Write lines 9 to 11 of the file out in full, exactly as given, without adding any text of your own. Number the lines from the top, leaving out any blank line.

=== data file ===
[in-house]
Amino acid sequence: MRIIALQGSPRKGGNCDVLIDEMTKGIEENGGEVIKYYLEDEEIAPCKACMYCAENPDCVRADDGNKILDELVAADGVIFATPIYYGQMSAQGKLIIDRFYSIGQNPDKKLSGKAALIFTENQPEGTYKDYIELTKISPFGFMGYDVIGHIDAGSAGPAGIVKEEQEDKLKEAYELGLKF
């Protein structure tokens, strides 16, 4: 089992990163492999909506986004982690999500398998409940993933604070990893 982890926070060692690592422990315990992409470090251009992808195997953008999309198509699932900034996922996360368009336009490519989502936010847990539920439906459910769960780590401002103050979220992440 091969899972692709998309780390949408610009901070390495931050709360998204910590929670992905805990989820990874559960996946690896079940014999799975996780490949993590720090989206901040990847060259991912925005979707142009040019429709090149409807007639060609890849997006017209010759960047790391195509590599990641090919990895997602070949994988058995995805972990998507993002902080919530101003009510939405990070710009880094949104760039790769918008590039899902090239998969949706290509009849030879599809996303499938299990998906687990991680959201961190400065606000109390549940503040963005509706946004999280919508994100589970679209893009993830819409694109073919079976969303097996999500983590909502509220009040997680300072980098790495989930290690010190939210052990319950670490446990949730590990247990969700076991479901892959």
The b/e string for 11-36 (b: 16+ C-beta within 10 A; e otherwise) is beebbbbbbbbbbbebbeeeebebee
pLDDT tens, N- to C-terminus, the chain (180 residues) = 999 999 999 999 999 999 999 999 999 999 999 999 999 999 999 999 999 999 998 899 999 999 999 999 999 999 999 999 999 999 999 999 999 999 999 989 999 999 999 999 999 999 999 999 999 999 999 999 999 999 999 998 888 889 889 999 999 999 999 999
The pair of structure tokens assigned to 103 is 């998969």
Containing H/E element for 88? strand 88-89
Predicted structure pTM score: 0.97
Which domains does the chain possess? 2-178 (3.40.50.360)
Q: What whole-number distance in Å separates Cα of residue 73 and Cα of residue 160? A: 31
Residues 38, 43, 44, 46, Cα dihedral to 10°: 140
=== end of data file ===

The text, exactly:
Which domains does the chain possess? 2-178 (3.40.50.360)
Q: What whole-number distance in Å separates Cα of residue 73 and Cα of residue 160? A: 31
Residues 38, 43, 44, 46, Cα dihedral to 10°: 140